Sir, I thank the administration for attempting this measure. They are, without intending it, putting an end to our dissensions. Through this black cloud which they have collected over us, I see the light breaking in upon this unfortunate country. They have composed our dissensions, not by fomenting
the embers of a lingering and subdued rebellionnot by hallooing the Protestant against the Catholic, and the Catholic against the Protestant; not by committing the north against the south; not by inconsistent appeals to local or to party prejudices—no -but by the avowal of this atrocious conspiracy against the liberties of Ireland, they have subdued every petty and subordinate distinction. They have united every rank and description of men by the pressure of this grand and momentous subject; and I tell them, that they will see every honest and independent man in Ireland rally round her constitution, and merge every consideration in his opposition to this ungenerous and odious measure.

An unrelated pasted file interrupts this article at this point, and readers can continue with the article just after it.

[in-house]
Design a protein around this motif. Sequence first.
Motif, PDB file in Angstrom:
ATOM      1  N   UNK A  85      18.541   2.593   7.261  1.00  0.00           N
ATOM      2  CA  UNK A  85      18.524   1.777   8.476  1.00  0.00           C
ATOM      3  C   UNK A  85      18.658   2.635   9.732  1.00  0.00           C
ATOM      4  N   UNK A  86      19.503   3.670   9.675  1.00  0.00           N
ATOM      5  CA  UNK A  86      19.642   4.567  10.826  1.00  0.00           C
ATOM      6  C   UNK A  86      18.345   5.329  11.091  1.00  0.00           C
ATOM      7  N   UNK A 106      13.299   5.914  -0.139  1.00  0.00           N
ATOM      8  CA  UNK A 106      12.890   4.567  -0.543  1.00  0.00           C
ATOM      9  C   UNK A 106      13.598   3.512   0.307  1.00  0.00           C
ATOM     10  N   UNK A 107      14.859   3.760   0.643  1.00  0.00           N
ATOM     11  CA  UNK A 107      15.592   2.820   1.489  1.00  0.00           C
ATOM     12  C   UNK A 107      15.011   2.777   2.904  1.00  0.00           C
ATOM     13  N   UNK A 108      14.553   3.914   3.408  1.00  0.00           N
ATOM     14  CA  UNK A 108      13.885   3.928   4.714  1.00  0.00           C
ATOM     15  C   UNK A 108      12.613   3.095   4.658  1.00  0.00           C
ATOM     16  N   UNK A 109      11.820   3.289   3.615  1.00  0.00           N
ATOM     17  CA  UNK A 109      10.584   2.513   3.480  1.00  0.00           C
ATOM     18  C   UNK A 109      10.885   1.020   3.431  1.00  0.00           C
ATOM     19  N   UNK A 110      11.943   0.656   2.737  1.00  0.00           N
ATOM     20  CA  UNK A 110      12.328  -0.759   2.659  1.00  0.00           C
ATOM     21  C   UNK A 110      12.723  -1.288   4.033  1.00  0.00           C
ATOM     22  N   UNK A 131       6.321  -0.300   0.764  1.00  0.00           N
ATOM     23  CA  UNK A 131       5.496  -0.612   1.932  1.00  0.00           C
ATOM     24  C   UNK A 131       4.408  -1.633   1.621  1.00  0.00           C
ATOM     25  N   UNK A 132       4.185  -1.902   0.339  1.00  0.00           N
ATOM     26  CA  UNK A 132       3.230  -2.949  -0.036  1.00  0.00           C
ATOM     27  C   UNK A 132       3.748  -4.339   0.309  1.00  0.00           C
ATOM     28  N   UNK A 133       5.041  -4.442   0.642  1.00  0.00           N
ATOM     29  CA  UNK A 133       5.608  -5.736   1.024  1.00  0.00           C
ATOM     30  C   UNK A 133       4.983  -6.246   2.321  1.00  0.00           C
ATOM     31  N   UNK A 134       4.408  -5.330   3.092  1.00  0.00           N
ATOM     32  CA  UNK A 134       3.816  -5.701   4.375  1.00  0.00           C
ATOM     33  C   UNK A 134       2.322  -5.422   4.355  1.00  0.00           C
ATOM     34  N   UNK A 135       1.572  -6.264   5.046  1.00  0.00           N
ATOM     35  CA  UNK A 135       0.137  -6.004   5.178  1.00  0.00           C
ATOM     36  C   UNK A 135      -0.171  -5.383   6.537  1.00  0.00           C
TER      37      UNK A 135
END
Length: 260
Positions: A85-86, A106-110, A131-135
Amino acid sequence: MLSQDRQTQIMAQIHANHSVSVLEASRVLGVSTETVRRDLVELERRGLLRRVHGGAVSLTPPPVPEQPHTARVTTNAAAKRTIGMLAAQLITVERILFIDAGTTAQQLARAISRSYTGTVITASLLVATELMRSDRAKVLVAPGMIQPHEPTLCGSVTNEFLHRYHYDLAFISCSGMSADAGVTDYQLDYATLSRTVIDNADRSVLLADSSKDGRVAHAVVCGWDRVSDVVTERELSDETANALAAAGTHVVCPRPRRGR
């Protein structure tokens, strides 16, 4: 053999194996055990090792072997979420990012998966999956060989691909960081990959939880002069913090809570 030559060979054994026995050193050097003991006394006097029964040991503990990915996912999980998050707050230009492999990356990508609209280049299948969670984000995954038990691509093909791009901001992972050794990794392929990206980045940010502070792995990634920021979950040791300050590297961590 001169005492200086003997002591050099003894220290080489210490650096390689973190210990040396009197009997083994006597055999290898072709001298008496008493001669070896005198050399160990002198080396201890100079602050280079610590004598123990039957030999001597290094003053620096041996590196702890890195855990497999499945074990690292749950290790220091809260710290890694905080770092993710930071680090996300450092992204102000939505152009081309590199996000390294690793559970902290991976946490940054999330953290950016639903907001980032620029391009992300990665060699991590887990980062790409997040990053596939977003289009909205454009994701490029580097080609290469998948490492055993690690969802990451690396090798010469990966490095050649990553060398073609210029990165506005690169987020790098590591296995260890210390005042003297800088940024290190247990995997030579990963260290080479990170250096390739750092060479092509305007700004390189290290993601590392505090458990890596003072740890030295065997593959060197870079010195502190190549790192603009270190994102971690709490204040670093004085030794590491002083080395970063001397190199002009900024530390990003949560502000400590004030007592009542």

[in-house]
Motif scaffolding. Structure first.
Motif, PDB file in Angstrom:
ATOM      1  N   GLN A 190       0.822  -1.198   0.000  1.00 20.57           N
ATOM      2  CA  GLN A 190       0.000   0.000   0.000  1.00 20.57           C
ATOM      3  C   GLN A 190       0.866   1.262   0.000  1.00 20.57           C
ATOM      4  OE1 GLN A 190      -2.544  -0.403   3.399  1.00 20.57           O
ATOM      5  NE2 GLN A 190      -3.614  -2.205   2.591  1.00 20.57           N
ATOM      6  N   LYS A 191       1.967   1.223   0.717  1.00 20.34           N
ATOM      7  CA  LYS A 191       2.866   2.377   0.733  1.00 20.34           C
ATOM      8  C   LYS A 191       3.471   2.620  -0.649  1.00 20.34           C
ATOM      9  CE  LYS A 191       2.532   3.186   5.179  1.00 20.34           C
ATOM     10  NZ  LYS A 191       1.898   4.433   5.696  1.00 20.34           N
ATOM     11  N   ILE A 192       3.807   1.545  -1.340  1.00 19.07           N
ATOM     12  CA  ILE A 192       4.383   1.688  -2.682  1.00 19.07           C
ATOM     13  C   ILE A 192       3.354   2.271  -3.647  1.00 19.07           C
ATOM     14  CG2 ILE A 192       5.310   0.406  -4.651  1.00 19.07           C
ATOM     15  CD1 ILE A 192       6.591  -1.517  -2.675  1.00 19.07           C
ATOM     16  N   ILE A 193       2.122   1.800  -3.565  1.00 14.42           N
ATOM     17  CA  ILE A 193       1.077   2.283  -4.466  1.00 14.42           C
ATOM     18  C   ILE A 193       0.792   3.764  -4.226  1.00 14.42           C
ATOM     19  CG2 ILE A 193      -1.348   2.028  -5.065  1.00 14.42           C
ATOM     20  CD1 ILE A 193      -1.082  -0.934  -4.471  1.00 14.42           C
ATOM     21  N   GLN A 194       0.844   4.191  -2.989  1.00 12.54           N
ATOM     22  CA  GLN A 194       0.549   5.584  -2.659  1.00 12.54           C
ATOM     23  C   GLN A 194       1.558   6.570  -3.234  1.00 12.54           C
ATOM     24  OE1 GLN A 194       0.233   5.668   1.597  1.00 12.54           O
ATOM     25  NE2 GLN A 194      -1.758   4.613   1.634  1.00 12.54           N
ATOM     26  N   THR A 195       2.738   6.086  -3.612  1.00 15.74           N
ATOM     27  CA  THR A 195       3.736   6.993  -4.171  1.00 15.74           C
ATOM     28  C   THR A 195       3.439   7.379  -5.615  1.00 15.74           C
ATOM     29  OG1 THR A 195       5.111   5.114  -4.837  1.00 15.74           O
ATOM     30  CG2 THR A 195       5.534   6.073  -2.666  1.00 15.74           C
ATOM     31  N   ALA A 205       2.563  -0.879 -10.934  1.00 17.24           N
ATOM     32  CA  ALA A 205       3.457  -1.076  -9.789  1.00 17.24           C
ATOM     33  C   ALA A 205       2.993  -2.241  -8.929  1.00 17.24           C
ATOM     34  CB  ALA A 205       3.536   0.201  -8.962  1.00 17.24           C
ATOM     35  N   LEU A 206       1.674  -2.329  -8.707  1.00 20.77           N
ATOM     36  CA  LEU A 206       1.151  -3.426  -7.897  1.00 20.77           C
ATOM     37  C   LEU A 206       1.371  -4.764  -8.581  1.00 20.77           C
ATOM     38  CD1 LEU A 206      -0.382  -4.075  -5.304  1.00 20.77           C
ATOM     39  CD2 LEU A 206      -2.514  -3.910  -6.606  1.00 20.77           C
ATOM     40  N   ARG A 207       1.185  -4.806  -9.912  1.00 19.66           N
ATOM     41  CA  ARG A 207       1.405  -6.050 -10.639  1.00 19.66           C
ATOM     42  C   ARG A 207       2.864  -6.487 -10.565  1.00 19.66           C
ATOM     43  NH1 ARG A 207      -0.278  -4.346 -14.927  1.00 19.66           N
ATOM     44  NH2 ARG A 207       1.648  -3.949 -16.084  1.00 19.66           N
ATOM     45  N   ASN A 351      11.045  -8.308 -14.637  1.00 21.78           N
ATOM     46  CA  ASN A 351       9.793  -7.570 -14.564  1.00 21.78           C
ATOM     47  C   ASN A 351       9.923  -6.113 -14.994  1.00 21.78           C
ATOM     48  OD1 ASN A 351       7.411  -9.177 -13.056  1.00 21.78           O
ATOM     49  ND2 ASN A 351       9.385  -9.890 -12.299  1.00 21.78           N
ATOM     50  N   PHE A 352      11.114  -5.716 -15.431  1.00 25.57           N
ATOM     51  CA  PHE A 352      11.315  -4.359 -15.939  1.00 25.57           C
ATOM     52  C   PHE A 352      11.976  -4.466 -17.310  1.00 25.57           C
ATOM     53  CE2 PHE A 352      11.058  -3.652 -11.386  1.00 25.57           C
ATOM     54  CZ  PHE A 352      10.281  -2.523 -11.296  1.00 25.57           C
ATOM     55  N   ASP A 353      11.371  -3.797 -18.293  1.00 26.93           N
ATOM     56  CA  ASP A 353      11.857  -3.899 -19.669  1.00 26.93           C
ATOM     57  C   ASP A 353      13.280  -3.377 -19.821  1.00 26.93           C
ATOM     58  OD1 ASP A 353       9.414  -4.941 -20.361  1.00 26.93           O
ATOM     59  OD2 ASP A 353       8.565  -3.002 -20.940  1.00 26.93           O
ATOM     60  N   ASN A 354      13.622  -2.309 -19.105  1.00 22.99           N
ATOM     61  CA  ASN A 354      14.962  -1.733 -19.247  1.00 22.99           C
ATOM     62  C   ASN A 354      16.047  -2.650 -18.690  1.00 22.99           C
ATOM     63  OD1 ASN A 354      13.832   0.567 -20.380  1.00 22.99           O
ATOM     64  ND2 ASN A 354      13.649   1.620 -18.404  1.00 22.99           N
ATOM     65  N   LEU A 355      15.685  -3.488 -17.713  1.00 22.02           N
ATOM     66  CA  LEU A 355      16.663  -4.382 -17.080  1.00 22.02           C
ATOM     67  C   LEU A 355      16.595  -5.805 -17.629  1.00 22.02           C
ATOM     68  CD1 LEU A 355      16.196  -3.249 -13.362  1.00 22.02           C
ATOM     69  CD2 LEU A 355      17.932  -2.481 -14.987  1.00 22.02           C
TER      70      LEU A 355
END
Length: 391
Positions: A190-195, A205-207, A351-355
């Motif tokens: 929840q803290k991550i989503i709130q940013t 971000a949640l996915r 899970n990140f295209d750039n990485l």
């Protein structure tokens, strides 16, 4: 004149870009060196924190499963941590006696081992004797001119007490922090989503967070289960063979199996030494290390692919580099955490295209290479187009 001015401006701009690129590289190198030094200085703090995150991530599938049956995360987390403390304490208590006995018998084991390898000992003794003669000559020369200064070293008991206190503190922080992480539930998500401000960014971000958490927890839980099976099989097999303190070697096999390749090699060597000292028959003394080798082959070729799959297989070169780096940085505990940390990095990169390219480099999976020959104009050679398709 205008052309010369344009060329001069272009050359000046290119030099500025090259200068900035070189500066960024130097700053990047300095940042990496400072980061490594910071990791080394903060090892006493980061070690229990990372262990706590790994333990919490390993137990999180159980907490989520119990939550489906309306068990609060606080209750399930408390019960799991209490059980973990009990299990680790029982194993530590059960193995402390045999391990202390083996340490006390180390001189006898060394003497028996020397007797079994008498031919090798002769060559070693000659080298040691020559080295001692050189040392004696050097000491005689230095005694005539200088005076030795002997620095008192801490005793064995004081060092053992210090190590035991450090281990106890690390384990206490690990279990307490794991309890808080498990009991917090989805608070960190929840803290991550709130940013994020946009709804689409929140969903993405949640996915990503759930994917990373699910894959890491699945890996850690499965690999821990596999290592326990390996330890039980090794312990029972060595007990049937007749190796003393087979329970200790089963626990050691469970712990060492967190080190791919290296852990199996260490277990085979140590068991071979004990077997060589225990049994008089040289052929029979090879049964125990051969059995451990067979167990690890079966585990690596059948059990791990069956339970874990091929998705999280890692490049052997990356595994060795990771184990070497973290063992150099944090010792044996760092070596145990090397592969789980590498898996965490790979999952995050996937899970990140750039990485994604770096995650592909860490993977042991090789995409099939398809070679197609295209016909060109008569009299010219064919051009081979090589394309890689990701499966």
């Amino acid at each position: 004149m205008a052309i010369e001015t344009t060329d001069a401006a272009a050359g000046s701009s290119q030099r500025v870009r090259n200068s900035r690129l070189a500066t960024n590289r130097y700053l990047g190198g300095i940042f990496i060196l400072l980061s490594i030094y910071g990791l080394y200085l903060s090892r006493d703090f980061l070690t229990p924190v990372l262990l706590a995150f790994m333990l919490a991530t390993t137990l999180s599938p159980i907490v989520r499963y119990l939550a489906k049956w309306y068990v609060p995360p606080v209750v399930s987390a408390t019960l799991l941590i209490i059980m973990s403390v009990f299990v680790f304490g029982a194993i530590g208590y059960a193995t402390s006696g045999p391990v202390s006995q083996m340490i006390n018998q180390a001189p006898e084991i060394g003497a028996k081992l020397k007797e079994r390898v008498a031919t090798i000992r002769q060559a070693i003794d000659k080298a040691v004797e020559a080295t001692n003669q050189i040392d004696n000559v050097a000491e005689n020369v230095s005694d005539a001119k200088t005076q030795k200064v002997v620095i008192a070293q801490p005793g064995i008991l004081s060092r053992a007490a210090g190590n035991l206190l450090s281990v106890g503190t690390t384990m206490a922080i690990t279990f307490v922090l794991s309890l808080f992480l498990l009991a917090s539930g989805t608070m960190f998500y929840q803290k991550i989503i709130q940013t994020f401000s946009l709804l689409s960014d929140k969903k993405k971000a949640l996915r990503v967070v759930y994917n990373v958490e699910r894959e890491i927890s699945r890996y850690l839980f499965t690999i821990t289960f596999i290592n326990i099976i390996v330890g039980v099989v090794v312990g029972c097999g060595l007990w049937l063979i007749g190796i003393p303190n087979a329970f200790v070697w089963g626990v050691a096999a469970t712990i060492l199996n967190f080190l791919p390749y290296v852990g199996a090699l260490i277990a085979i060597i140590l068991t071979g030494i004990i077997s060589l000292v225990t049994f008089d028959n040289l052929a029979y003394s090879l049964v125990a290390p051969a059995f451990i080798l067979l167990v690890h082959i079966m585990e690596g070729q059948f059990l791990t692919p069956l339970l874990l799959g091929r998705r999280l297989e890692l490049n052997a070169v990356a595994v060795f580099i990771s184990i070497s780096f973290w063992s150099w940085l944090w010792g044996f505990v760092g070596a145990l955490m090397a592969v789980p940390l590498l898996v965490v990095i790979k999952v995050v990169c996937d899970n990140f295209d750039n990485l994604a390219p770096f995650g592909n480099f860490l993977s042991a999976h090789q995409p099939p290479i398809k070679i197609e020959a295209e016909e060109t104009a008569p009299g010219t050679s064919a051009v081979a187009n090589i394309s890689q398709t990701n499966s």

For my own part, I will resist it to the last grasp of my existence, and with the last drop of my blood; and when I feel the hour of my dissolution approaching, I will, like the father of Hannibal, take my children to the altar, and swear them to eternal hostility against the invaders of their country's freedom. Sir, I shall not detain you by pursuing this question through the topics which it so abundantly offers. I should be proud to think my name might be handed to posterity in the same roll with those disinterested patriots, who have successfully resisted the enemies of their country-successfully, I trust it will be ; in all events, I have my 'exceeding great reward '-I shall bear in my heart the conciousness of having done my duty, and in the hour of death I shall not be haunted by the reflection of having basely sold, or meanly abandoned, the liberties of my native land. Can every man who gives his vote on the other side,
this night, lay his hand upon his heart, and make the same declaration? I hope so-it will be well for his own peace the indignation and abhorrence of his countrymen will not accompany him through life, and the curses of his children will not follow him to his grave.
TRIBUTE OF MR. BURKE TO THE
SPIRIT OF THE NEW ENGLAND COLONISTS.